Simple Steps to Begin Transforming a Negative, Toxic Workplace

Last weeks’s blog article on the 3 Reasons Employees Undermine Co-Workers, Stab Each Other in the Back and Act Passive Aggressive struck quite a nerve. I received a number of direct e-mail comments, not so many here on the blog, though. Interesting.

Anyway, comments were in the vein of “Skip, this is great stuff, but what can we do about it? How do we fix this problem?”

Well, the good news is that solution is simple. The bad news is, its not that easy to implement.

Fixing these issues in a work environment takes what Pat Lencioni, author of The 5 Dysfunctions of a Team calls, “heavy lifting.” Heavy lifting means dealing with some challenging issues head on that have probably been avoided for an extended period of time. The heavy lifting will be mostly on the part of the organization’s or team’s leadership, but certainly also all team members.

My recommendation for fixing this begins from the bottom up. Here are the 3 reasons I mentioned in last week’s blog article for why employees undermined their co-workers, stab each other in the back and act passive aggressively often with an “it’s not my job attitude:”

  1. Low self-esteem
  2. Lack of communication skills
  3. Enabling of the behavior

So from the bottom up we have to start by stopping the enabling of the behaviors.

This tarts with giving everyone, and I mean everyone a clean slate and the benefit of the doubt. Easy to say, not so easy to do, right? But, that is what it takes.

Plus, its the right thing to do and here’s why:

1) If the behavior has been enabled in the environment for any length of time for it to become a toxic work environment, it is the leaders fault. They have chosen to allow these behaviors to go unaddressed for a significant amount of time. Everyone knows what’s going on and who the perpetrators are. Most everyone, including the leader just wish and hope it gets better and usually it just gets worse, right?

So, instead of trying to close the barn door after the horses have run out, let’s corral the horses and build a new barn for them to live in.

Everyone starts tomorrow with a clean slate. Everyone.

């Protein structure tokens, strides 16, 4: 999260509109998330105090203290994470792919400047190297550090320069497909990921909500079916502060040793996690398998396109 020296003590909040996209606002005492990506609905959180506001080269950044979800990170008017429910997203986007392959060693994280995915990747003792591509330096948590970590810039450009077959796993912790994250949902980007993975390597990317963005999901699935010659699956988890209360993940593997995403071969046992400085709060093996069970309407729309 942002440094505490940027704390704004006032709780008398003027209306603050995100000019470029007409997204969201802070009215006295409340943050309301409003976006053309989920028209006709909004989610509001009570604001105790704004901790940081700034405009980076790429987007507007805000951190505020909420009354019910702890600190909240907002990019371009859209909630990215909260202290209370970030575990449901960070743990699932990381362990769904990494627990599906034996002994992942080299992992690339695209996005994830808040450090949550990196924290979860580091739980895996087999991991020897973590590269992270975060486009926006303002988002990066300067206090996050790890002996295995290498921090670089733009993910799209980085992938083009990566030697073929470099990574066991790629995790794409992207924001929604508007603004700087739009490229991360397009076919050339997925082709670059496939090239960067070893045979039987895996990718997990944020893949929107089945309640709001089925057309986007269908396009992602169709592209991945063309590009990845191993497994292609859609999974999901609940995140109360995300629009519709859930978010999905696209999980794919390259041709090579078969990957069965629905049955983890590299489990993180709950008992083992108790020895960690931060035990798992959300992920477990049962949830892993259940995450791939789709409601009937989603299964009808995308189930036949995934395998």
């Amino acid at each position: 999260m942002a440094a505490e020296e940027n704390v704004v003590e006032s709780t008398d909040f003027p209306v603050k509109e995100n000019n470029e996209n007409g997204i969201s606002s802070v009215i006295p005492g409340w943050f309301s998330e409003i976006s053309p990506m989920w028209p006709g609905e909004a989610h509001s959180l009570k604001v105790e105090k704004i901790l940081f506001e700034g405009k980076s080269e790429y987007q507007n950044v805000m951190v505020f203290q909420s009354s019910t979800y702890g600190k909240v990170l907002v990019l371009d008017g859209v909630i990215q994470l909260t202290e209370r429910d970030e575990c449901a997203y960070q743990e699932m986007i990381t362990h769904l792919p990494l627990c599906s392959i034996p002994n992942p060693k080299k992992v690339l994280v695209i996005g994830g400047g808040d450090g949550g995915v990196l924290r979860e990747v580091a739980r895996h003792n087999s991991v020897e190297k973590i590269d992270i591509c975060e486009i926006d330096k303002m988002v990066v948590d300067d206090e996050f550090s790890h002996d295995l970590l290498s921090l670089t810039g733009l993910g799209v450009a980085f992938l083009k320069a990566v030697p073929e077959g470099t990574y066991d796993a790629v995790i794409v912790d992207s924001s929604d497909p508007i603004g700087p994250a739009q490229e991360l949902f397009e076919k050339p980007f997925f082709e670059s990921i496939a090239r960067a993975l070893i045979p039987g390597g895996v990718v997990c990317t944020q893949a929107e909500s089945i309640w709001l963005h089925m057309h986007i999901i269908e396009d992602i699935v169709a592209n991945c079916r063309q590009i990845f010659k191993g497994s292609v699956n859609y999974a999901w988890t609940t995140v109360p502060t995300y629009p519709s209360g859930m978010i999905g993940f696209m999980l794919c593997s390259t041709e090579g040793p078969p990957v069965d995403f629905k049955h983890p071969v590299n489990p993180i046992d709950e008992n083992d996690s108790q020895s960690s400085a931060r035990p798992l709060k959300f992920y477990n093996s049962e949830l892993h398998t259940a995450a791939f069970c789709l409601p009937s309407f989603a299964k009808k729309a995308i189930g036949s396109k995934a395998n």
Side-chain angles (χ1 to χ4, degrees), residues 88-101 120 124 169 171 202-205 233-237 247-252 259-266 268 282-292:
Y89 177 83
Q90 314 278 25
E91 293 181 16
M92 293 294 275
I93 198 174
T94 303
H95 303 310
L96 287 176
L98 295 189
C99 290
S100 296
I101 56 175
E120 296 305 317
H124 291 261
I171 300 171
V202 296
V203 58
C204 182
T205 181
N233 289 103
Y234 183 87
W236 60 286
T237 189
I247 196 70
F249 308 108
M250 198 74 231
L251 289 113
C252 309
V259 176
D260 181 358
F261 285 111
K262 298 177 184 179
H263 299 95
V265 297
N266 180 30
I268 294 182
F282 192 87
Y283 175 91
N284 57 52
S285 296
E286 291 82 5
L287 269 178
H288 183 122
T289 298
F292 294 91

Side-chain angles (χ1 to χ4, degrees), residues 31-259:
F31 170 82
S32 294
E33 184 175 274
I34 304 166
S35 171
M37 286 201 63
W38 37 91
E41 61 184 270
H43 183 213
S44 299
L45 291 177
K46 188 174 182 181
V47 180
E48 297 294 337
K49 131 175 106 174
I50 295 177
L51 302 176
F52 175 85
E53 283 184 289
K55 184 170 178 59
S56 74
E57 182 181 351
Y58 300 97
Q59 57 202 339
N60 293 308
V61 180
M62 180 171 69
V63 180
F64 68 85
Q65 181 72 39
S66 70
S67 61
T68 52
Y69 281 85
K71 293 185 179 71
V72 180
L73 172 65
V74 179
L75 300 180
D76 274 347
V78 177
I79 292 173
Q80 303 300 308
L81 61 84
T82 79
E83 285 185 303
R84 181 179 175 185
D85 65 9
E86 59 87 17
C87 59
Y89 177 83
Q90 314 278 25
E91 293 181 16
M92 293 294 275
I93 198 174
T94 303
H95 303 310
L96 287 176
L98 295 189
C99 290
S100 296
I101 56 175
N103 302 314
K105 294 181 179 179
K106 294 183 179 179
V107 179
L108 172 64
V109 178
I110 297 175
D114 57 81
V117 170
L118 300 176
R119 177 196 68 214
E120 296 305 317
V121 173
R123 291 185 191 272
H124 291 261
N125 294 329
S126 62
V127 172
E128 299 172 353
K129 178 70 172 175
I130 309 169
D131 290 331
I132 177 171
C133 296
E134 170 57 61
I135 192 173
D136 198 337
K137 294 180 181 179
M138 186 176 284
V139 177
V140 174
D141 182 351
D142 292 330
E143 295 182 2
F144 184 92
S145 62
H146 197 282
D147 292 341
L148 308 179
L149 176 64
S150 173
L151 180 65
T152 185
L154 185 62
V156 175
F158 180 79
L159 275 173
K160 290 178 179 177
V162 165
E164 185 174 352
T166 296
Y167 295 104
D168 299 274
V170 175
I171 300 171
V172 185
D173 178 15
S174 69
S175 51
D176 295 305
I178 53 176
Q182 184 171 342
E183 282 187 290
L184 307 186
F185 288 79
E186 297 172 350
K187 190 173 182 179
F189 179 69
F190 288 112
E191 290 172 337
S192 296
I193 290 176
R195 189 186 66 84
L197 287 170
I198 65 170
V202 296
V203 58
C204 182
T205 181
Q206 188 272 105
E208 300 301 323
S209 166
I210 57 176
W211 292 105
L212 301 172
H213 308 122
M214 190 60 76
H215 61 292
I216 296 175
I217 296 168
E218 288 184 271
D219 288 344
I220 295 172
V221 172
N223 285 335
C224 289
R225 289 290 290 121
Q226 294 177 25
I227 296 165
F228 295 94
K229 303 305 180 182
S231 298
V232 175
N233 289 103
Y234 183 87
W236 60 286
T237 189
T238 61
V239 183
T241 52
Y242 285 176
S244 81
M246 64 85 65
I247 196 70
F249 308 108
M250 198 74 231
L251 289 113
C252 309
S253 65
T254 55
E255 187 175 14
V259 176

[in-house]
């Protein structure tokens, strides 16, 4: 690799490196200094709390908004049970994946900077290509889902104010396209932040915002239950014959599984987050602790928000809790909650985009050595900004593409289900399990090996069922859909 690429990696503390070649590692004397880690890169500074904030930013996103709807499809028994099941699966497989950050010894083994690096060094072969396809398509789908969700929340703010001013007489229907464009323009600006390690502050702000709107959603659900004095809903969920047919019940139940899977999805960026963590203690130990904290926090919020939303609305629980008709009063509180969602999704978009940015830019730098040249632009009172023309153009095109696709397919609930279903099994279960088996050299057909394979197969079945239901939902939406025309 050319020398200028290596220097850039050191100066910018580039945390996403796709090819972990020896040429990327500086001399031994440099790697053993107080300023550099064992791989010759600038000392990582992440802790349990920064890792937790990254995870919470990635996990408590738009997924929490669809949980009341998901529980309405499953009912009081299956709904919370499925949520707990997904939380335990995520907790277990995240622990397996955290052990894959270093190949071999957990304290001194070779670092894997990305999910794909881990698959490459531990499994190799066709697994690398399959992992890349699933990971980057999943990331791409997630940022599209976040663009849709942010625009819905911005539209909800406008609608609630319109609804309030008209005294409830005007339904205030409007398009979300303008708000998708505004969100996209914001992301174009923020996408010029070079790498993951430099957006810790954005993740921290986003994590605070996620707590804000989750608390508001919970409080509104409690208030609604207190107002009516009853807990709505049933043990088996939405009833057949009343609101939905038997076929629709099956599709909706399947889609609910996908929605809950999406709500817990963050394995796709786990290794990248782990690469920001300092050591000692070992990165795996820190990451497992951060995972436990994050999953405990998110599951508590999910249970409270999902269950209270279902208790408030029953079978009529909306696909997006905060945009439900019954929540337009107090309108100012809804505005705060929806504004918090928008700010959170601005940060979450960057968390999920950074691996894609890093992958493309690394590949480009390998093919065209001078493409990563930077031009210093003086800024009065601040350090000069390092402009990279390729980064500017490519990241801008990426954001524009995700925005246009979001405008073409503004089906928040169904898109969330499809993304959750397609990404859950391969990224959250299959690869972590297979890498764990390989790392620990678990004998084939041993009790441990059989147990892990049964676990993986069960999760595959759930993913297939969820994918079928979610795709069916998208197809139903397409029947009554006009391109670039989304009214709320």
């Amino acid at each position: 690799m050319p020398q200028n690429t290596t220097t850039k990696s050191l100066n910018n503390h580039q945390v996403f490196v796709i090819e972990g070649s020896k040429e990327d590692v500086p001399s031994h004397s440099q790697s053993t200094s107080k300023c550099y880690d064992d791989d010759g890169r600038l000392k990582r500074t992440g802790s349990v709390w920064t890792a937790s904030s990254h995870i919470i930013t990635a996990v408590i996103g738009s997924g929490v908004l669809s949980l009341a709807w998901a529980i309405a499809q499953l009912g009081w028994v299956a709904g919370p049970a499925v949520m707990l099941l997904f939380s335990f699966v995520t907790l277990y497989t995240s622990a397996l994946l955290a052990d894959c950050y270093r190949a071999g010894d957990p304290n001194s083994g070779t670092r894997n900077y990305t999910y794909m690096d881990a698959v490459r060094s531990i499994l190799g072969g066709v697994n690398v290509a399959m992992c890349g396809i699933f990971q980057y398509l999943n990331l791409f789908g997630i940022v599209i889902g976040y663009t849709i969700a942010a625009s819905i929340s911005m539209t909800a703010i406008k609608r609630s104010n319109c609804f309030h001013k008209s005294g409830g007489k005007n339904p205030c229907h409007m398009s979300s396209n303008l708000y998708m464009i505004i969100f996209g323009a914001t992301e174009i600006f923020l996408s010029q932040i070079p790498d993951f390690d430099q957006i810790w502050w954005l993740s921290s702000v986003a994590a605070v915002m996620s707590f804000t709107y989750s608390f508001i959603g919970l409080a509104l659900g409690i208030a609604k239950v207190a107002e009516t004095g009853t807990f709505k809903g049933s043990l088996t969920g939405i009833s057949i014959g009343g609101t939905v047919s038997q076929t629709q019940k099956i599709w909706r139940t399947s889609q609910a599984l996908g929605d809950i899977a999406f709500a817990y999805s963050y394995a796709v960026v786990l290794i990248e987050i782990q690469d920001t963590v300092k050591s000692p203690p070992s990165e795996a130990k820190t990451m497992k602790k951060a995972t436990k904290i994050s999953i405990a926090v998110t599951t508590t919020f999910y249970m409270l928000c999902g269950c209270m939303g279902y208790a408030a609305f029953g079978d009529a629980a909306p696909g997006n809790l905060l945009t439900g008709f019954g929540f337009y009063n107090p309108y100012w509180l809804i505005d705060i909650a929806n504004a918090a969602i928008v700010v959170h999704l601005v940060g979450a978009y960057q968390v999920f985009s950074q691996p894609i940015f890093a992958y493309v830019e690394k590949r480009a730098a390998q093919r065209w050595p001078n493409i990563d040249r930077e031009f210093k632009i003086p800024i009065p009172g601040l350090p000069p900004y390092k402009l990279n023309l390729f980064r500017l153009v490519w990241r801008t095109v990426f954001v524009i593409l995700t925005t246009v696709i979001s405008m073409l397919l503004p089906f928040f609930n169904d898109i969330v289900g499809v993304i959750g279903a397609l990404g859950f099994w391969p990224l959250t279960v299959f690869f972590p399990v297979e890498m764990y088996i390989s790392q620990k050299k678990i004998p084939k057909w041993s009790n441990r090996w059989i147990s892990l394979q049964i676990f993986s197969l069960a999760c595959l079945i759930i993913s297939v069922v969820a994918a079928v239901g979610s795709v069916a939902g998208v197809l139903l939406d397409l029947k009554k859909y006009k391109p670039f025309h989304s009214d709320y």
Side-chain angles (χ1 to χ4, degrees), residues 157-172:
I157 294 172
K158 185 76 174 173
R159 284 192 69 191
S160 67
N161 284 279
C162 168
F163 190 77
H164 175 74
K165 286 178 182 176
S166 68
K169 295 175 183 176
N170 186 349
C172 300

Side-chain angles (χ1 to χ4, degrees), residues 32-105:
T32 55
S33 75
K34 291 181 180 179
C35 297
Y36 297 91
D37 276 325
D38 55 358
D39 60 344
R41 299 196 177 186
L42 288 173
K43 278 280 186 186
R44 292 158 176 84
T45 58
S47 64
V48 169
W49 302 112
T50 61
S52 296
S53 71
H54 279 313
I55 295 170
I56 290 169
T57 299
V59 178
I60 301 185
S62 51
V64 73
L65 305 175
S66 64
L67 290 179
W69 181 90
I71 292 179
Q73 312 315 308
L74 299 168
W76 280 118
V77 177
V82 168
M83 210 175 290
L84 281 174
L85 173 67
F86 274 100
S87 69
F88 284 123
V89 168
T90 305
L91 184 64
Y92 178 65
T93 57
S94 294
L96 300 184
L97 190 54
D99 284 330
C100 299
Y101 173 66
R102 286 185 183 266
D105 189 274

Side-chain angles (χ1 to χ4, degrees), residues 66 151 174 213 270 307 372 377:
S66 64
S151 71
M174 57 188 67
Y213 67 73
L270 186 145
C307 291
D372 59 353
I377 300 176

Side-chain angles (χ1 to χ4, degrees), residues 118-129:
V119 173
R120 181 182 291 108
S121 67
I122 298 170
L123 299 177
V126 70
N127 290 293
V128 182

With that clean slate comes new performance and behavior expectations. These new performance and behavior  expectations must be well thought out in advance and strategized so that a new expectation is created and set in the minds of everyone from the very beginning.

If this is something you think you need to do for your team/organization and would like some help go to and investigate if a private, 1:1 strategy session is something you would benefit from. I’m happy to strategize with you how to make this happen effectively.

Chances are the leaders are going to need some skill development in their influencing communication skills to be able to pull this off effectively and to be able to have the type of candid conversations necessary to make it work.

Additionally, this would lead to improving #2 in the list from last week, giving everyone on the team the communication skills necessary to influence their own relationships and work environment in a positive, candid and proactive manner.

It would also begin to turn around reason #1 in last week’s list, low levels of self-esteem, in the manager or leader, as one of the best ways to increase self-esteem is to improve skills and competencies.

Hope this helps. Please let me know what you think and leave a comment below.

’til next time, make it a great week!

3 thoughts on “Simple Steps to Begin Transforming a Negative, Toxic Workplace

  1. Jack Pyle says:

    Enabling poor behaviors is certainly an issue in many organizations, Skip. I once worked with a supervisor and staff doctor who were in conflict. She was constantly late to the medical practice. When he talked to her about it, she would come on time for several weeks, then start being late again. The supervisor didn’t say anything to her again about her tardiness, so she figured it was okay. Many people in leadership roles seem to have a difficulty with confronting work behaviors that are unproductive. Apparently it is easier to ignore bad behavior than coach or retrain employees.
    This is probably because many leaders don’t have the communication skills and techniques to do so.
    You hit the nail on the head about this, for sure.

  2. Skip Weisman, Workplace Communication Expert says:

    Thanks for stopping by and being inspired to leave a comment. Scenarios like you mention are all too common. I also point to low self-esteem as the ultimate culprit that causes the leader not to have the internal strength to step up and confront the issues as they need to be. I believe being confrontation avoidant is steeped in low self-esteem, as I mentioned in the original article last week as one of the 3 primary reasons this stuff perpetuates in workplaces.

    That’s why you and I will always be in demand I guess?

    Thanks, again, Jack for adding to the conversation!

  3. Rob Moore says:

    Skip, This is a great blog post first of all! Second, I love what you have to say here as well as Jack’s comment about this. One of the biggest mistakes that leaders make is not addressing an issue the first or second time it happens. It can sometimes be okay to let something slide once depending on what it is but most of the time not. At this point, the issue is at it’s easiest point of being corrected. The longer they wait to address the problem, the worst it gets and the faster it gets worse. Thanks again for the post and the comments guys!

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